• Sega had a Dreamcast release that was 2-3 times more successful than Sony's PS2 release. The systems were plentiful and only a handful of the games were flawed. The system is reasonable in cost, and when it does break, Sega supports it with 2-3 week repair and shipment warranty service. I know people who sent PS2s back in November and still don't have their system back. Sega is a great company, with a great product. The only problem is when people like you wouldn't even give the thing a chance. That's why they're going out of business. Hogarth
  • My Dreamcast has been on nearly 24x7 since Thanksgiving 1999. No problems whatsoever. Also, I live in NYC and it was delivered to my door within an hour of when I bought it.
  • Jeez, man! Get kicked around the playground a bit much as a child?

    Loosen up, hit the mall, watch some pr0n, enjoy our corrupt Capitalistic western society. Less stressful that way.

    Oh, and stop calling me trying to sell me "Proletariat Trolls Monthly" subscriptions.

    --Just Another Pimp A$$ Perl Hacker
  • Couple of point. 1) Square and EA are seperate companies. EA just markets some of their software in the US.

    2) I own a Dreamcast and PS2 and NFL 2K1 is a much better game - further I would say the graphics are pretty close. Given the PS2 has 10 times the horsepower, I expected more.

    3) 989 sports is owned by Sony. Gameday does not touch either frachinse. - Just my opinion.

    Good points!

  • by Anonymous Coward on Wednesday January 31, 2001 @12:17PM (#466272)
    For the games, of course. Anyone who suggest that Sega has failed to deliver on the promise of "cool games" with what's currently available is patently delusional (Especially in comparison to the PS2's present lineup... yeesh).

    Referring to this as the "Death of the Dreamcast" is also needless sensationalism. While it may be the death knell, it's not dead yet; Sega is simply ceasing to manufacture consoles. Hold on for a second... that isn't quite as bad as it sounds. Sega's support of the Dreamcast via software will continue via the (reported) 100 games still in the development pipeline, and remains in negotiation with other manufacturers to license the Dreamcast hardware; so DC-compatible DVD-players and the like could soon make an appearance (and there's still that X-Box rumor).

    This has happened in the past; in the US, manufacture of Genesis systems from late '95 and on was done by Majesco sales, JVC offered the X'Eye, an integrated Genesis/SegaCD unit, and in Japan Hitachi produced Video CD player capable of playing Saturn games.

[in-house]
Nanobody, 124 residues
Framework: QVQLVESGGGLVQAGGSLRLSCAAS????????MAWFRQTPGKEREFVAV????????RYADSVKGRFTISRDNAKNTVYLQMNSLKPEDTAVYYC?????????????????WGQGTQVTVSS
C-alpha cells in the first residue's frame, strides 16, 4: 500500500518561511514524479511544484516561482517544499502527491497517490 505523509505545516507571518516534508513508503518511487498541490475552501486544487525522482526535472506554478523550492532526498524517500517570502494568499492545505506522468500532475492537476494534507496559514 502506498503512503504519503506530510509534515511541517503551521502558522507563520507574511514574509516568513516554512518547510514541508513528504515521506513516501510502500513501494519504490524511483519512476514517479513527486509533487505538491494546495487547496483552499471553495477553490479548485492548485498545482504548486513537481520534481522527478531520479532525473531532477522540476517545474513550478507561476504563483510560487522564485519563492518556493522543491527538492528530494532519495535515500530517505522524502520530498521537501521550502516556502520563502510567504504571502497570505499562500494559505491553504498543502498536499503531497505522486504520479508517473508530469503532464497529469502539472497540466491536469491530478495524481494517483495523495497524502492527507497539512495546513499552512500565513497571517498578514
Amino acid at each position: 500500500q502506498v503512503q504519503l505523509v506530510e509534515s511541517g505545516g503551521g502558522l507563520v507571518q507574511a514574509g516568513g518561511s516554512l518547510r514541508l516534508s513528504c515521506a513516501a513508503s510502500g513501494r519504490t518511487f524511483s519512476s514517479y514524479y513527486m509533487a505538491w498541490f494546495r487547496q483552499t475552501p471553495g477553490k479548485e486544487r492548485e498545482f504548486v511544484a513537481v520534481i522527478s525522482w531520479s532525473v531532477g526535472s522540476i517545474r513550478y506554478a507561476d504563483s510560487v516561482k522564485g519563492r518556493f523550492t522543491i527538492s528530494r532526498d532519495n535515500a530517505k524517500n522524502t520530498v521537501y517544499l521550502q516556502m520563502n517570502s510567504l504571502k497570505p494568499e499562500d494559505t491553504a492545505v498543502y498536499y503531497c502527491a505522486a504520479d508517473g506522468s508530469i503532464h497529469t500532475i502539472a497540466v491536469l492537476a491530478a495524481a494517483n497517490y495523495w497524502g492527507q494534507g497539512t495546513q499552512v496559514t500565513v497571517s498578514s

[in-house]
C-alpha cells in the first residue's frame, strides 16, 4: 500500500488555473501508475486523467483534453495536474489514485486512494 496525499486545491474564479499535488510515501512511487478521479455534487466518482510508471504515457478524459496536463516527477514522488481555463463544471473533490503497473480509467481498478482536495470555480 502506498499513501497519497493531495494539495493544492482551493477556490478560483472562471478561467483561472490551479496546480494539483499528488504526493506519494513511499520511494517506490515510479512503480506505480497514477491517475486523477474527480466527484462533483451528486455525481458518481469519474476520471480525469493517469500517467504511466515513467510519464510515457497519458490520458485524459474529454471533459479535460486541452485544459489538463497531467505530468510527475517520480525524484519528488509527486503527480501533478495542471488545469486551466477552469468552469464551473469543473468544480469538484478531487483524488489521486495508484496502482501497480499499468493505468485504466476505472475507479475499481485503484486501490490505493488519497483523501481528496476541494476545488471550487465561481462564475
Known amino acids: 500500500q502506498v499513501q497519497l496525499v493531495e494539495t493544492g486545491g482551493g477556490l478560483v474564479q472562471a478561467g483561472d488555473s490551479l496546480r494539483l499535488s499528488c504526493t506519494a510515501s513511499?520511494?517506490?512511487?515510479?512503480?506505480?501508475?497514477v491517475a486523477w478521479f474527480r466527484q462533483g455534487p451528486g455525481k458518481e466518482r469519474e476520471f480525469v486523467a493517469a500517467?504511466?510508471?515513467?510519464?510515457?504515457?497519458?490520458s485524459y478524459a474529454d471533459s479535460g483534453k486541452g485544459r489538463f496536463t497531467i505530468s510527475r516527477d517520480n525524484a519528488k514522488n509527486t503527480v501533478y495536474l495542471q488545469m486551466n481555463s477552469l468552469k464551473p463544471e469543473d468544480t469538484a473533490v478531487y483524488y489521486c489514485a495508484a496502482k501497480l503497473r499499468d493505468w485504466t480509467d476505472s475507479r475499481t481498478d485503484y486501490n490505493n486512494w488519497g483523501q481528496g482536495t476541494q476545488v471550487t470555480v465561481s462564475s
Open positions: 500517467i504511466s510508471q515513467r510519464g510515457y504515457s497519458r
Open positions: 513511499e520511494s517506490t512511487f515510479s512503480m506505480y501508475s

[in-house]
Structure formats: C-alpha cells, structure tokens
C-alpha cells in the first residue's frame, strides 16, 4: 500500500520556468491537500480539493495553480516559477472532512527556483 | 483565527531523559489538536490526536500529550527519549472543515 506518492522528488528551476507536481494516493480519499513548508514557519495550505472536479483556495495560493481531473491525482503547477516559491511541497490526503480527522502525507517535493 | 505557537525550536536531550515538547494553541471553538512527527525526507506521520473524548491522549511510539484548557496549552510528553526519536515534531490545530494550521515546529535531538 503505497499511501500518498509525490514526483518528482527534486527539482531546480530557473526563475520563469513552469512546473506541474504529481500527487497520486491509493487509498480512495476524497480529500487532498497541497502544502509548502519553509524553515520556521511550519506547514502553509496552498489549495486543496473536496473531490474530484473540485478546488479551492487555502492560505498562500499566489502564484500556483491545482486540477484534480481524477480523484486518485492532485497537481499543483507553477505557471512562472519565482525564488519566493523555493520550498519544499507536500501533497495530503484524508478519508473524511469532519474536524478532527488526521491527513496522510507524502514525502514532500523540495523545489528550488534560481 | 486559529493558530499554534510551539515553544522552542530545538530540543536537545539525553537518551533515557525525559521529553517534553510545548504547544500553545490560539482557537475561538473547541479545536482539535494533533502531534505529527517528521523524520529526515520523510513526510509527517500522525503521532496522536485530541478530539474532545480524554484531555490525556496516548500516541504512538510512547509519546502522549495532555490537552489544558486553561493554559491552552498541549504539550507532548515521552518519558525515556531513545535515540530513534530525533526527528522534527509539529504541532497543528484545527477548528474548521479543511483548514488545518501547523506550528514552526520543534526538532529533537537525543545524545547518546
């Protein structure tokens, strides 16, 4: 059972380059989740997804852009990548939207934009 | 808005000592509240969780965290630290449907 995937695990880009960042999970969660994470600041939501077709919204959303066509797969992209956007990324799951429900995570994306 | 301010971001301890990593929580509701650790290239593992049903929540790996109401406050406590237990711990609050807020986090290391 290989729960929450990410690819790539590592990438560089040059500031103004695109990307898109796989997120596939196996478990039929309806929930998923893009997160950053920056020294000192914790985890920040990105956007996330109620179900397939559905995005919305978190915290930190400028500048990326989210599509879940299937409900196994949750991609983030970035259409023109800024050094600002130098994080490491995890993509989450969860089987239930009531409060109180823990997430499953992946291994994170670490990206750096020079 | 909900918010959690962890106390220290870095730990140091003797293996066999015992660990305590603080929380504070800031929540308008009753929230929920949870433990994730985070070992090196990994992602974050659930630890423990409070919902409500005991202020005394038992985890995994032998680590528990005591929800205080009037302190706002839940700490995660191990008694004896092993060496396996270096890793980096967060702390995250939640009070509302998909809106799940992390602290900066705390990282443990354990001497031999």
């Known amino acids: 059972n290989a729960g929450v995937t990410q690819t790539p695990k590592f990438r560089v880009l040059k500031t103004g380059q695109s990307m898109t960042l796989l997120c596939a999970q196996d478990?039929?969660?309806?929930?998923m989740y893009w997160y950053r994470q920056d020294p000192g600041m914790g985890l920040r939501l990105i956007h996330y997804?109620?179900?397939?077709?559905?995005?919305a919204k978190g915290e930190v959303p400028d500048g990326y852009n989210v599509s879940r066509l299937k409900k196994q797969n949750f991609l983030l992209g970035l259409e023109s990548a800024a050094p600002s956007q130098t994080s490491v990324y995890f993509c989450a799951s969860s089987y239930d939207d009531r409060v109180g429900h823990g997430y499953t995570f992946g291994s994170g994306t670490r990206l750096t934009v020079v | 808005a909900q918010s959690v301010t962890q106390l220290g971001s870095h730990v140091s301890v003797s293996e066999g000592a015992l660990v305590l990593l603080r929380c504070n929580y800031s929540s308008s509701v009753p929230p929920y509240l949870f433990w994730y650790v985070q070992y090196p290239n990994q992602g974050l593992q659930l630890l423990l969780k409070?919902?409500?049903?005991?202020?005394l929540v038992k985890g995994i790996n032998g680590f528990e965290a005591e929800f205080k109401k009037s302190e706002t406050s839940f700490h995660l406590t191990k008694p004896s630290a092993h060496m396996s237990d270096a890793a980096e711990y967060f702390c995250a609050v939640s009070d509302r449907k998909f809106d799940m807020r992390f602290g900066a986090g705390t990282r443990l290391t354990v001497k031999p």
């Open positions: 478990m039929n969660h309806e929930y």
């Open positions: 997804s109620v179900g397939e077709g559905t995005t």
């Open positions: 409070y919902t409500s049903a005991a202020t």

Yeah, it's not gonna live on forever; no console does. No, it's probably not going to outlast the PS2; this shouldn't really suprise anyone. Will Sega continue to support the console with software as long as it is reasonably profitable? Yes. Will any more consoles capable of running DC software be produced? Most likely. So we have both consoles and software, for a while at least; throwing the Dreamcast on the cart now is a bit premature.
  • I think the Microsoft vs Sony war is going to be very interesting, but I don't think it's as easy to predict the outcome as you claim.

    On the Nintendo side, however, things are more interesting. The Game Boy Advance is certainly *not* just a rumor - in fact, IIRC, it's being released March 1. Certainly, I know a lot of developers are working on GBA titles. GBA sounds like great fun to develop for *and* to play on, and where you mention convergence between X-Box and PC, perhaps we'll see convergence between GBA and PalmPilot? ;)

    After that, there's the GameCube. Now, remember that the N64 was a late entry. The GameCube is too. But despite late entry the N64 still sold a respectable number of games. Nintendo deal with this differently than Sony - Sony throw as many games at players as possible, in the belief that some of them will be popular. [If you throw enough shit, some will stick.] Nintendo, on the other hand, has very few games, but the average quality is far higher. They've done OK with this model on N64, so it remains to be seen how they do on GameCube.

    This ain't over. Not by a long stretch. Sega has been the outsider since 1995, and it's just taken a long time to die. But MS, Sony and Nintendo still have some interesting fights ahead.

  • by SuperRob ( 31516 ) on Wednesday January 31, 2001 @12:17PM (#466274) Homepage
    What it looks like will happen is that in a year or so, we will hear Nintendo barely hanging on as the X-box comes out. Unless Nintendo pulls a power move, probably in the handheld gaming market (which will probably be the rumored upcoming GameBoy Advance), they will bow out soon also.

    Actually, there is little truth to this statement. Nintendo is still selling well in IT's market, which is different from the market for PS2 and DC. Nintendo has never killed a machine before the natural end of it's product cycle, and usually supports it well into it's twilight years. (I'm not counting Virtual Boy ... which was a collosal failure.)